Introduction: Chronic β-alanine (BA) supplementation is an increasingly popular nutritional strategy, because it can elevate muscle carnosine content and thereby enhance high-intensity exercise performance. The current study investigated 1) whether sex and body mass are determinants of BA-induced muscle carnosine loading and 2) the optimal maintenance dose for ensuring constantly elevated muscle carnosine stores.
Methods: During the loading phase, 34 participants (men and women) were supplemented with 3.2 g (4 × 800 mg) BA per day for 46 d (slightly different loading strategies were applied concerning the effect of meal timing and supplementation form). Thereafter, 19 participants (men and women) continued taking free-powder BA for six more weeks (maintenance phase). The participants were matched and redivided into three groups receiving 0.4, 0.8, and 1.2 g·d−1 BA, respectively. Muscle carnosine content was measured in the soleus and gastrocnemius muscles using proton magnetic resonance spectroscopy.
Results: Body mass and sex had only minimal effect on the absolute increase in muscle carnosine. Given the lower baseline values in women, the relative increase for women was higher, indicating that women required less BA for the same relative increase. In addition, a significant negative correlation was observed between body mass and the relative increase in muscle carnosine (r = −0.45, P = 0.007). A maintenance dose of ∼1.2 g·d−1 BA was the most effective in keeping muscle carnosine content elevated at the postsupplementation level.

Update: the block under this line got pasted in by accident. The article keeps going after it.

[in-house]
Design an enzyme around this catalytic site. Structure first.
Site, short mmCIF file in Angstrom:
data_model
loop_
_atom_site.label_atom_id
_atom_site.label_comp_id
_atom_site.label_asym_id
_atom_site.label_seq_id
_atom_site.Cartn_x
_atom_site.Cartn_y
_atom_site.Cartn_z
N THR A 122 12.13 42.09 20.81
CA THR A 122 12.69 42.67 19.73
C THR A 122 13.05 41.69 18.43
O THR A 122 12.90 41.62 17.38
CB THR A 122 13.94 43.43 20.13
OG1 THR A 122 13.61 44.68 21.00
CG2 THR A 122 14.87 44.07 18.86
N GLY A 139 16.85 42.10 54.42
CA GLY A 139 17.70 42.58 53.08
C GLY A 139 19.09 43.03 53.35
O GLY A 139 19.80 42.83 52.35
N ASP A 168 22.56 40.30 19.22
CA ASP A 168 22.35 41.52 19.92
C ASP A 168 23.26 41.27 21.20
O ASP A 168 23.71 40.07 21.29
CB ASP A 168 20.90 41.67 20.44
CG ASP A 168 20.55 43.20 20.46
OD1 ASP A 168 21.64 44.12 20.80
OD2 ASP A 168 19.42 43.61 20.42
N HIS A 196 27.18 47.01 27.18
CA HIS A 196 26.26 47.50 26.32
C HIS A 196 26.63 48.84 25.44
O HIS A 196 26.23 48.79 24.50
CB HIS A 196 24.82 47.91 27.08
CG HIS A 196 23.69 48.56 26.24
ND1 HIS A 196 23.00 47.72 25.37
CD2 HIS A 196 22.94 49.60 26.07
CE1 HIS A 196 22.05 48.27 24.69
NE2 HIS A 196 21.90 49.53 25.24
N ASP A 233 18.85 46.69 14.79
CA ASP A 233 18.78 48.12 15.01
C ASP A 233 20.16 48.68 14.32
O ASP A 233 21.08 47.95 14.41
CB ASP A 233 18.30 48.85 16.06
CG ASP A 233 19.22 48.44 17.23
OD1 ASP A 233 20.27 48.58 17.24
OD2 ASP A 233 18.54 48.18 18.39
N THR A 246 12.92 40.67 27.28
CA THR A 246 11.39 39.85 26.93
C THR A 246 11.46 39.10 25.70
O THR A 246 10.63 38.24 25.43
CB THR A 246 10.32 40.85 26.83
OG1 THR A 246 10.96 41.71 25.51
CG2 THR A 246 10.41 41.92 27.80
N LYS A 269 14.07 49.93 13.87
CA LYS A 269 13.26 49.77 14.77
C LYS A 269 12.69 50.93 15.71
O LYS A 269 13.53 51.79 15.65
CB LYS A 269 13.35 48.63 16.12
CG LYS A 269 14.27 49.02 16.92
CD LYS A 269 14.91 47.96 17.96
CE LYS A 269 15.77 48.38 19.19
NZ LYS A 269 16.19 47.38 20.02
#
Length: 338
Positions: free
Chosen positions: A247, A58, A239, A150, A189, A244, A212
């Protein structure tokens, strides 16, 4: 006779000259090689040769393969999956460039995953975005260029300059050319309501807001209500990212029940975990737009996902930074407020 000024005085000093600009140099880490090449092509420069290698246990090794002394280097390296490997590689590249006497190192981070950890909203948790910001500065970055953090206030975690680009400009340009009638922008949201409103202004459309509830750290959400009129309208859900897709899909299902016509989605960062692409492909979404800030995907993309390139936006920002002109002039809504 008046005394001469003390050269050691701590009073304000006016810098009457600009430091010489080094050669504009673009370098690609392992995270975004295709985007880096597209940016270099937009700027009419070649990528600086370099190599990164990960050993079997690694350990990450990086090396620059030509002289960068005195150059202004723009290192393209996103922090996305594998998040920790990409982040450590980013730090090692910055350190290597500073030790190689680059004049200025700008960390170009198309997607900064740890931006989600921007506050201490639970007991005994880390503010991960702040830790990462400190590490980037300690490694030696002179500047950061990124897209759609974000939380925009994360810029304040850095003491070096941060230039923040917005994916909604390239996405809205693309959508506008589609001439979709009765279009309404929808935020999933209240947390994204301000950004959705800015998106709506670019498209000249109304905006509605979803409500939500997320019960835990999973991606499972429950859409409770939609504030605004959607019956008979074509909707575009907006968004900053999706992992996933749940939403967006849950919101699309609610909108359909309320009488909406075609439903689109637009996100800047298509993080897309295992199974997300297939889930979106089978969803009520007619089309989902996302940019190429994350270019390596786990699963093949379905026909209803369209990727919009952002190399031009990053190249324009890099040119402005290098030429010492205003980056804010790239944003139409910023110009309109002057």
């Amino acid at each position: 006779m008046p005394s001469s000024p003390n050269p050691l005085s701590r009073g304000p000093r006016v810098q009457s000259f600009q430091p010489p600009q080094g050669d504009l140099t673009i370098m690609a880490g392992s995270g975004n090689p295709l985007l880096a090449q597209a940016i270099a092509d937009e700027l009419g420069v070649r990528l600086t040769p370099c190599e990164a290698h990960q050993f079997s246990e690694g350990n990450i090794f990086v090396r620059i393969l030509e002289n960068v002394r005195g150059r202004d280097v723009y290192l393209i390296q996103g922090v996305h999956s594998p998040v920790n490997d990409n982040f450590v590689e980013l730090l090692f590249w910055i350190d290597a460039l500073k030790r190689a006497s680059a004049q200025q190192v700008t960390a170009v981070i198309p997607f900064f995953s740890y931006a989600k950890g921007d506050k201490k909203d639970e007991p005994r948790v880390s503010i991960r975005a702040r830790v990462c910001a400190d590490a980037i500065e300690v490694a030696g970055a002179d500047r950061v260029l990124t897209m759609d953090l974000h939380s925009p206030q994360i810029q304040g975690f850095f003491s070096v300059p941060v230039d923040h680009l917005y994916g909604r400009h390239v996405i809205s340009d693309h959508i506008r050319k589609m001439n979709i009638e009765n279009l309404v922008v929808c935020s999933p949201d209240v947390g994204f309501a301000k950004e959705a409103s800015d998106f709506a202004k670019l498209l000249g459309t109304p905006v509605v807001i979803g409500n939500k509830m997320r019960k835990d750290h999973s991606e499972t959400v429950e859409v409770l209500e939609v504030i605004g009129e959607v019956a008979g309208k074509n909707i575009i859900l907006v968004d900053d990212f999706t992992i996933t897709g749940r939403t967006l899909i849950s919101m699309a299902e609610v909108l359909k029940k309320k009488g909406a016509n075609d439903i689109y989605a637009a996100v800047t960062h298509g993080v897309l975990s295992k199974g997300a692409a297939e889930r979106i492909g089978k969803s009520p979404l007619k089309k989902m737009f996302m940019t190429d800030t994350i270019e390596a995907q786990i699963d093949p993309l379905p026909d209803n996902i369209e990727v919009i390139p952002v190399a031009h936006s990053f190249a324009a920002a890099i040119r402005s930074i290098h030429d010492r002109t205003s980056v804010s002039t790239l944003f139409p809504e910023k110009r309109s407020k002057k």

Conclusions: Sex and body mass did not markedly affect the absolute increase during muscle carnosine loading, although they are determinants for the relative increase. In addition, we established for the first time an effective maintenance dose of ∼1.2 g·d−1 BA to keep muscle carnosine content elevated at 30%–50% above baseline for a prolonged period.
1Department of Movement and Sports Sciences, Ghent University, Ghent, BELGIUM; 2Laboratory of Pharmaceutical Technology, Ghent University, Ghent, BELGIUM; and 3Department of Radiology, Ghent Institute for Functional and Metabolic Imaging, Ghent University, Ghent, BELGIUM
Address for correspondence: Wim Derave, Ph.D., Ghent University, Watersportlaan 2, B-9000 Ghent, Belgium; E-mail: firstname.lastname@example.org.
Submitted for publication July 2013.
Accepted for publication December 2013.